A brief history of Bishop Abel Muzorewa
By Alan Cowell
Bishop Abel T. Muzorewa, once a central player in white minority plans to blunt black majority rule in what is now Zimbabwe, died on Thursday in Harare, the capital, the state-controlled Herald newspaper said Friday. He was 85.
Bishop Muzorewa enjoyed brief renown as prime minister of an unrecognized white-dominated government before history, war and diplomacy moved on without him.
In a career as a cleric and political activist in what was then called Rhodesia, Bishop Muzorewa initially attracted a following as a nationalist leader, thwarting British plans to strike a deal in the 1970s with former Prime Minister Ian D. Smith.
But the nationalist struggle splintered into many factions. A fundamental divide opened between those black politicians, like Bishop Muzorewa, who chose to remain inside the country to pursue a political settlement, and those, like Joshua Nkomo and Robert Mugabe — now president of independent Zimbabwe — who went on to conduct a guerrilla campaign from exile.
The war began in 1972, and as it intensified and international economic sanctions deepened, Mr. Smith came under pressure from neighboring, apartheid-ruled South Africa to seek black leaders for what was called an “internal settlement.”
The deal, struck in 1978, offered the first all-race elections — albeit under white supervision — since Britain’s arch-colonialist, Cecil John Rhodes, carved out a land from the savannas of central Africa and named it for himself in 1890.
Among those black leaders was Bishop Muzorewa, head of the United African National Council. He campaigned in the 1979 elections under the slogan “The Winner,” and T-shirts handed out to supporters showed him clutching a ceremonial baton.
Bishop Muzorewa’s victory made him prime minister of a nation then called Zimbabwe-Rhodesia — and brought enduring condemnation from more radical nationalists, who labeled him a puppet of Mr. Smith’s South African-backed machinations.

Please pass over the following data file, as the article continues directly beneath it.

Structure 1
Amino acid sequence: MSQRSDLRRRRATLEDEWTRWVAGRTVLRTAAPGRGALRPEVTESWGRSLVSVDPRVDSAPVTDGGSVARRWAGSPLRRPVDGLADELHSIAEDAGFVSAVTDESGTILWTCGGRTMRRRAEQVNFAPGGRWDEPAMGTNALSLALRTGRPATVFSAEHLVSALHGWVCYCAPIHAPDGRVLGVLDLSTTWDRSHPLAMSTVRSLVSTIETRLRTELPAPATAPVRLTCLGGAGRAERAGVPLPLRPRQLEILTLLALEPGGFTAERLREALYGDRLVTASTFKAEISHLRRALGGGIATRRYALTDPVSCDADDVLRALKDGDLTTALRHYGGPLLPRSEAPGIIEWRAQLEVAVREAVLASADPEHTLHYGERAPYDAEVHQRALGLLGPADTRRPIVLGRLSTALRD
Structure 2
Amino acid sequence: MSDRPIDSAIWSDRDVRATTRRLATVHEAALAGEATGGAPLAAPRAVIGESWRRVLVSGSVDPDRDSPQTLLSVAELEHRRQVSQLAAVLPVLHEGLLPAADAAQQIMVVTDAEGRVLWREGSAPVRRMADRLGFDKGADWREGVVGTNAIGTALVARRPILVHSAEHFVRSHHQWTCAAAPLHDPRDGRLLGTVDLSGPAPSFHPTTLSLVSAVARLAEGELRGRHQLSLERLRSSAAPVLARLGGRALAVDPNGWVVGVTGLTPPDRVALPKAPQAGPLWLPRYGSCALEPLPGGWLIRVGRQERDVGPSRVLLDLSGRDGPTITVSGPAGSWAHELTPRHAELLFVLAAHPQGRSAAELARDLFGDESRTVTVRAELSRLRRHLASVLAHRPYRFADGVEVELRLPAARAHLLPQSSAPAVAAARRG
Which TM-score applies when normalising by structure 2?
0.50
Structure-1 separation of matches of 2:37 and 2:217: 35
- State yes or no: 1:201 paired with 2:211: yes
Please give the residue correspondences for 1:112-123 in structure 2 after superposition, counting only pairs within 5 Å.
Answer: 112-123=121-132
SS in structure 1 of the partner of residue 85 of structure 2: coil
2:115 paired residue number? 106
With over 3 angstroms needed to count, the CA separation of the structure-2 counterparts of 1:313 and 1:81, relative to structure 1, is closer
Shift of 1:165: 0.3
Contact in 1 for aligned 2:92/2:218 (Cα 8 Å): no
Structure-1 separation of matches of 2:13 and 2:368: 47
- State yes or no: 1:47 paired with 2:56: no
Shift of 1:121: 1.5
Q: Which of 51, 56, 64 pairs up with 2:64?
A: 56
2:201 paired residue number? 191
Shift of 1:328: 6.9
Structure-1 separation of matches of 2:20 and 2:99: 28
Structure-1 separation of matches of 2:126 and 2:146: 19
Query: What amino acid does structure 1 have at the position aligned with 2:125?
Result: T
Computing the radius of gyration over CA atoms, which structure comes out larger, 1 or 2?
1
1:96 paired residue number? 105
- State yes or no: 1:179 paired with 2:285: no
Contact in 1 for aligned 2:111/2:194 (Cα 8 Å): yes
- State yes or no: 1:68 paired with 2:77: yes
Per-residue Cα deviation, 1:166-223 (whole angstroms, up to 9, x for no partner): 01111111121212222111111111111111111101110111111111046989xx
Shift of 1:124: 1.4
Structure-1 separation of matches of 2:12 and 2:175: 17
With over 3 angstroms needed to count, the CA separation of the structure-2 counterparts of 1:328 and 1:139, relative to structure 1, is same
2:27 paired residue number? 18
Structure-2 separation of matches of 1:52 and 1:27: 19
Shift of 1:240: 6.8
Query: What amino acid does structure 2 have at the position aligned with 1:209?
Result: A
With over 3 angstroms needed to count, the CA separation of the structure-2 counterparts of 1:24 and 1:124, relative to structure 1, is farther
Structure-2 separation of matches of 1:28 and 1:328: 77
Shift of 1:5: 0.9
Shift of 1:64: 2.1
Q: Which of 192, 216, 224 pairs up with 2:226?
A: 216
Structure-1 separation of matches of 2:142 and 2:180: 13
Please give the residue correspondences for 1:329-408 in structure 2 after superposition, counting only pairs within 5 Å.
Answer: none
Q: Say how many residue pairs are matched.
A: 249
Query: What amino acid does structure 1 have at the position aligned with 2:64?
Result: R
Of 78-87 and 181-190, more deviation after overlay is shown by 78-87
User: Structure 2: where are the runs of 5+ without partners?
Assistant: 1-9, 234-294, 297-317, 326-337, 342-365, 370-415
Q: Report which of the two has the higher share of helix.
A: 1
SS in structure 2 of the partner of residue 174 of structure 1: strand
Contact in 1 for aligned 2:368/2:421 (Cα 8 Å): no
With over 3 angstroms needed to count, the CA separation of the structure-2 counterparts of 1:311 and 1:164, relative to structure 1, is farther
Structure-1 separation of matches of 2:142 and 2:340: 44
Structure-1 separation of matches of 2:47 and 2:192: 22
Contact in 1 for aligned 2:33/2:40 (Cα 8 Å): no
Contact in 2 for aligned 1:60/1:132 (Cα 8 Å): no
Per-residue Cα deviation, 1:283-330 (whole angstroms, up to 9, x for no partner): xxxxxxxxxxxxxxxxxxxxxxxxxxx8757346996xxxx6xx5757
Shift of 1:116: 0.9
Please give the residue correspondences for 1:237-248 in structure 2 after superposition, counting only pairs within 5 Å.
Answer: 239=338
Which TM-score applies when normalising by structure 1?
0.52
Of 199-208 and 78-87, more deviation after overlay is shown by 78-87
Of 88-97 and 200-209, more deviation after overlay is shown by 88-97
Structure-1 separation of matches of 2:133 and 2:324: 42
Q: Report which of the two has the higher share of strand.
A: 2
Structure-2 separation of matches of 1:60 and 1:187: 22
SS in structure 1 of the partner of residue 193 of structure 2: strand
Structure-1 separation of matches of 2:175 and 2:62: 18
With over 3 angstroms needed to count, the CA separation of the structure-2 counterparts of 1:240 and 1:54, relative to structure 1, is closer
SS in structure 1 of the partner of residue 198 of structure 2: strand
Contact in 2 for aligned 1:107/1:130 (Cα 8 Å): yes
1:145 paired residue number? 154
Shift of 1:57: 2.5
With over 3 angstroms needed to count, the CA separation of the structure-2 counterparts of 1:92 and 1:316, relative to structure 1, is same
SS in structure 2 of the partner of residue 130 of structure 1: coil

With the bush war still raging, Bishop Muzorewa’s government was shielded by those same white-led security forces that were fighting the exiled guerrilla movements led by his rivals. Mr. Mugabe, Mr. Nkomo and their followers boycotted the 1979 vote. The United Nations called Bishop Muzorewa’s government illegal.
As the war continued, Britain used its formal position as the colonial power to convene a peace conference in London in late 1979. Those negotiations led to elections that brought Mr. Mugabe to power as prime minister upon independence in 1980.
Bishop Muzorewa trailed with only 8 percent of that vote. The outcome dashed any last hopes by the white minority, South African leaders or British diplomats that Bishop Muzorewa, a member of the majority Shona people, might act as a bulwark against Mr. Mugabe.
His political career as a minority legislator lasted only four years, but he continued as a declared opponent of Mr. Mugabe for many years, courting arrest on charges of conspiring against the government.
Abel Tendekayi Muzorewa was born in eastern Rhodesia in April 1925, the eldest of eight children. He had been a schoolteacher and a lay preacher before he went on to theological college. As secretary of the Students’ Christian Movement, he established himself as an opponent of the white minority rule that Mr. Smith once vowed would last for 1,000 years.
He was consecrated as Bishop of Rhodesia in the United Methodist Church in 1968.
Mr. Mugabe routinely labeled Bishop Muzorewa a sell-out. Referring to his diminutive stature, the somewhat larger Mr. Nkomo liked to call him “the little bishop.” Bishop Muzorewa retired formally from politics in 2001. New York Times: http://www.nytimes.com/